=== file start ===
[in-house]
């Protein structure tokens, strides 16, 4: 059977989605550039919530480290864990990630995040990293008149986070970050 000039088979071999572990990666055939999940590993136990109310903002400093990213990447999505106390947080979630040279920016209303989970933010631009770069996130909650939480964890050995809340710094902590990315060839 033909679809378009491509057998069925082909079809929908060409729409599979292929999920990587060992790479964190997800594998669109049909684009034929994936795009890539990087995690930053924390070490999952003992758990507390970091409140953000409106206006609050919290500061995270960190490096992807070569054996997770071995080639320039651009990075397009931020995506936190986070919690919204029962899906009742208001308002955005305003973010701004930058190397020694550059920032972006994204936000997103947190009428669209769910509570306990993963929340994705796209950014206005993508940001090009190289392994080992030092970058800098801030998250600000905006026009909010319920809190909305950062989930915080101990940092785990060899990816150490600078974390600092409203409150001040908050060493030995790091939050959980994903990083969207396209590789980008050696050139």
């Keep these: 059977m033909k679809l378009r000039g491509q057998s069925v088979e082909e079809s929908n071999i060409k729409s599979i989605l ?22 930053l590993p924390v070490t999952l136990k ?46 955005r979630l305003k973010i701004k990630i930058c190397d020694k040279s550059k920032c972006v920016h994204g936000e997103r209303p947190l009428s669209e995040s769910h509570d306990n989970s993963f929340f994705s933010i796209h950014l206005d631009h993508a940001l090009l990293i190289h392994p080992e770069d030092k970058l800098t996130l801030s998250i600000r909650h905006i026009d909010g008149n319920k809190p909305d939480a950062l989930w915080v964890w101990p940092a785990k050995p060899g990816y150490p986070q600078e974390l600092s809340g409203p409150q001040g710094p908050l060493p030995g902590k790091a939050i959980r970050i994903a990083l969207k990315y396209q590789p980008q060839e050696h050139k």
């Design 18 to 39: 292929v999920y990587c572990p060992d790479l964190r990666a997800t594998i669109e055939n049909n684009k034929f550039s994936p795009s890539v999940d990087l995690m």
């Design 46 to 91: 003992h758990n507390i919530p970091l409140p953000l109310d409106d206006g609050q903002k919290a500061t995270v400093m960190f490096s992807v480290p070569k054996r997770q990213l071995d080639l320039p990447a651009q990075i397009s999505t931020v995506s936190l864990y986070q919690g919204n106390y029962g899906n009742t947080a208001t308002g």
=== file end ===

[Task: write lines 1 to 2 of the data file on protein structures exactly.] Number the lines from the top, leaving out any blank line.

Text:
[in-house]
């Protein structure tokens, strides 16, 4: 059977989605550039919530480290864990990630995040990293008149986070970050 000039088979071999572990990666055939999940590993136990109310903002400093990213990447999505106390947080979630040279920016209303989970933010631009770069996130909650939480964890050995809340710094902590990315060839 033909679809378009491509057998069925082909079809929908060409729409599979292929999920990587060992790479964190997800594998669109049909684009034929994936795009890539990087995690930053924390070490999952003992758990507390970091409140953000409106206006609050919290500061995270960190490096992807070569054996997770071995080639320039651009990075397009931020995506936190986070919690919204029962899906009742208001308002955005305003973010701004930058190397020694550059920032972006994204936000997103947190009428669209769910509570306990993963929340994705796209950014206005993508940001090009190289392994080992030092970058800098801030998250600000905006026009909010319920809190909305950062989930915080101990940092785990060899990816150490600078974390600092409203409150001040908050060493030995790091939050959980994903990083969207396209590789980008050696050139």